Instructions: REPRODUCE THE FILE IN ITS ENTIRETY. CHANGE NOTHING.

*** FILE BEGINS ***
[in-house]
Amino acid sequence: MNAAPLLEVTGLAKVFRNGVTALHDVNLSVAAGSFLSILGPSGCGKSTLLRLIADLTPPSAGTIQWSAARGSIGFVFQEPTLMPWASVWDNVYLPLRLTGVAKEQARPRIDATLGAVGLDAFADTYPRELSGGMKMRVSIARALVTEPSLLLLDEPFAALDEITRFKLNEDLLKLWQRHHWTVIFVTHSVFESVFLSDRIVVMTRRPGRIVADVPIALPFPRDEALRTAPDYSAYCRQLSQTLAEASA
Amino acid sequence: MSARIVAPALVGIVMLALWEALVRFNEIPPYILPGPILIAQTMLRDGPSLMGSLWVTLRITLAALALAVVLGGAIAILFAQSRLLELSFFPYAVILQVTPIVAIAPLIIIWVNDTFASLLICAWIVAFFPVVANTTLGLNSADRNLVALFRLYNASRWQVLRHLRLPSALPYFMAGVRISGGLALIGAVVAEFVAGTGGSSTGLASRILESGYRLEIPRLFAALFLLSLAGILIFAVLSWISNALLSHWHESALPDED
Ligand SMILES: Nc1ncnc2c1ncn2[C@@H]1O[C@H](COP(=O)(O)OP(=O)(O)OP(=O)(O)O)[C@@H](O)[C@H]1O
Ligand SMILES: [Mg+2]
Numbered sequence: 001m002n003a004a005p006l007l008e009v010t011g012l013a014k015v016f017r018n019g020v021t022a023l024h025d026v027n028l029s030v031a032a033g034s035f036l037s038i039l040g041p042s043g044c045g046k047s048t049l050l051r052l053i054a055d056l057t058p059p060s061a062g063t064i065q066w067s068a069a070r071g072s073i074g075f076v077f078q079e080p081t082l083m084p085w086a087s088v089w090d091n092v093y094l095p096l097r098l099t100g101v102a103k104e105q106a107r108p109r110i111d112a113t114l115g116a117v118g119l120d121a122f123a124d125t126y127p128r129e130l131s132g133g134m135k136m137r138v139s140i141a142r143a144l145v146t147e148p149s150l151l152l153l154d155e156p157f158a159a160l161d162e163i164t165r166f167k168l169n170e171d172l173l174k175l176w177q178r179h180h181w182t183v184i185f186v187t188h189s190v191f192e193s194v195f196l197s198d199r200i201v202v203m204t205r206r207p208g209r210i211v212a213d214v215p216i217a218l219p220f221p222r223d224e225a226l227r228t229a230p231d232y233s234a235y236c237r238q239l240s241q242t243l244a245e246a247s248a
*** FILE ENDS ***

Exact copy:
[in-house]
Amino acid sequence: MNAAPLLEVTGLAKVFRNGVTALHDVNLSVAAGSFLSILGPSGCGKSTLLRLIADLTPPSAGTIQWSAARGSIGFVFQEPTLMPWASVWDNVYLPLRLTGVAKEQARPRIDATLGAVGLDAFADTYPRELSGGMKMRVSIARALVTEPSLLLLDEPFAALDEITRFKLNEDLLKLWQRHHWTVIFVTHSVFESVFLSDRIVVMTRRPGRIVADVPIALPFPRDEALRTAPDYSAYCRQLSQTLAEASA
Amino acid sequence: MSARIVAPALVGIVMLALWEALVRFNEIPPYILPGPILIAQTMLRDGPSLMGSLWVTLRITLAALALAVVLGGAIAILFAQSRLLELSFFPYAVILQVTPIVAIAPLIIIWVNDTFASLLICAWIVAFFPVVANTTLGLNSADRNLVALFRLYNASRWQVLRHLRLPSALPYFMAGVRISGGLALIGAVVAEFVAGTGGSSTGLASRILESGYRLEIPRLFAALFLLSLAGILIFAVLSWISNALLSHWHESALPDED
Ligand SMILES: Nc1ncnc2c1ncn2[C@@H]1O[C@H](COP(=O)(O)OP(=O)(O)OP(=O)(O)O)[C@@H](O)[C@H]1O
Ligand SMILES: [Mg+2]
Numbered sequence: 001m002n003a004a005p006l007l008e009v010t011g012l013a014k015v016f017r018n019g020v021t022a023l024h025d026v027n028l029s030v031a032a033g034s035f036l037s038i039l040g041p042s043g044c045g046k047s048t049l050l051r052l053i054a055d056l057t058p059p060s061a062g063t064i065q066w067s068a069a070r071g072s073i074g075f076v077f078q079e080p081t082l083m084p085w086a087s088v089w090d091n092v093y094l095p096l097r098l099t100g101v102a103k104e105q106a107r108p109r110i111d112a113t114l115g116a117v118g119l120d121a122f123a124d125t126y127p128r129e130l131s132g133g134m135k136m137r138v139s140i141a142r143a144l145v146t147e148p149s150l151l152l153l154d155e156p157f158a159a160l161d162e163i164t165r166f167k168l169n170e171d172l173l174k175l176w177q178r179h180h181w182t183v184i185f186v187t188h189s190v191f192e193s194v195f196l197s198d199r200i201v202v203m204t205r206r207p208g209r210i211v212a213d214v215p216i217a218l219p220f221p222r223d224e225a226l227r228t229a230p231d232y233s234a235y236c237r238q239l240s241q242t243l244a245e246a247s248a